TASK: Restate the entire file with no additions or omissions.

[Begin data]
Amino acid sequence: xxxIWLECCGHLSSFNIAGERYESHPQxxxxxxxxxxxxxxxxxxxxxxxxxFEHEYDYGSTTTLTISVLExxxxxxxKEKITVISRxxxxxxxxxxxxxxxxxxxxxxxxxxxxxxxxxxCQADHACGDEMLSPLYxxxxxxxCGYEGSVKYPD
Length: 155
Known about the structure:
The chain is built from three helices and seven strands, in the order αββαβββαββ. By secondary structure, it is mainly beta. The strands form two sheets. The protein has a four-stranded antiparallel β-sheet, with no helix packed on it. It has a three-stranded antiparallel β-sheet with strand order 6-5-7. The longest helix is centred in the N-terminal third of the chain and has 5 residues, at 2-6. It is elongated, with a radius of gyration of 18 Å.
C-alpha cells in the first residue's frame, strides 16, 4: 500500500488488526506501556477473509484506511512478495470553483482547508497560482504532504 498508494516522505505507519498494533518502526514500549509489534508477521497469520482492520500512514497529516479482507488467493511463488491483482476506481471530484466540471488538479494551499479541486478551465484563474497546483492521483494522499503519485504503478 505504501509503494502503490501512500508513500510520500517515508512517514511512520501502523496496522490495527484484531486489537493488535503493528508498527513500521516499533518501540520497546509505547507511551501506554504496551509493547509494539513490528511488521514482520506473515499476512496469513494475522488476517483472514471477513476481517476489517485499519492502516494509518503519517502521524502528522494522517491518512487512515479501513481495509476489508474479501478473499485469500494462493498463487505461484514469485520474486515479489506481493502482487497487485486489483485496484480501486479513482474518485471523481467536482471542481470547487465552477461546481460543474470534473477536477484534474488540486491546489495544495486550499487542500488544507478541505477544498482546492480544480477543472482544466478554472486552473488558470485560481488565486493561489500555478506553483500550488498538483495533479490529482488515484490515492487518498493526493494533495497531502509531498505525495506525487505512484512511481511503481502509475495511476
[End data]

Amino acid sequence: xxxIWLECCGHLSSFNIAGERYESHPQxxxxxxxxxxxxxxxxxxxxxxxxxFEHEYDYGSTTTLTISVLExxxxxxxKEKITVISRxxxxxxxxxxxxxxxxxxxxxxxxxxxxxxxxxxCQADHACGDEMLSPLYxxxxxxxCGYEGSVKYPD
Length: 155
Known about the structure:
The chain is built from three helices and seven strands, in the order αββαβββαββ. By secondary structure, it is mainly beta. The strands form two sheets. The protein has a four-stranded antiparallel β-sheet, with no helix packed on it. It has a three-stranded antiparallel β-sheet with strand order 6-5-7. The longest helix is centred in the N-terminal third of the chain and has 5 residues, at 2-6. It is elongated, with a radius of gyration of 18 Å.
C-alpha cells in the first residue's frame, strides 16, 4: 500500500488488526506501556477473509484506511512478495470553483482547508497560482504532504 498508494516522505505507519498494533518502526514500549509489534508477521497469520482492520500512514497529516479482507488467493511463488491483482476506481471530484466540471488538479494551499479541486478551465484563474497546483492521483494522499503519485504503478 505504501509503494502503490501512500508513500510520500517515508512517514511512520501502523496496522490495527484484531486489537493488535503493528508498527513500521516499533518501540520497546509505547507511551501506554504496551509493547509494539513490528511488521514482520506473515499476512496469513494475522488476517483472514471477513476481517476489517485499519492502516494509518503519517502521524502528522494522517491518512487512515479501513481495509476489508474479501478473499485469500494462493498463487505461484514469485520474486515479489506481493502482487497487485486489483485496484480501486479513482474518485471523481467536482471542481470547487465552477461546481460543474470534473477536477484534474488540486491546489495544495486550499487542500488544507478541505477544498482546492480544480477543472482544466478554472486552473488558470485560481488565486493561489500555478506553483500550488498538483495533479490529482488515484490515492487518498493526493494533495497531502509531498505525495506525487505512484512511481511503481502509475495511476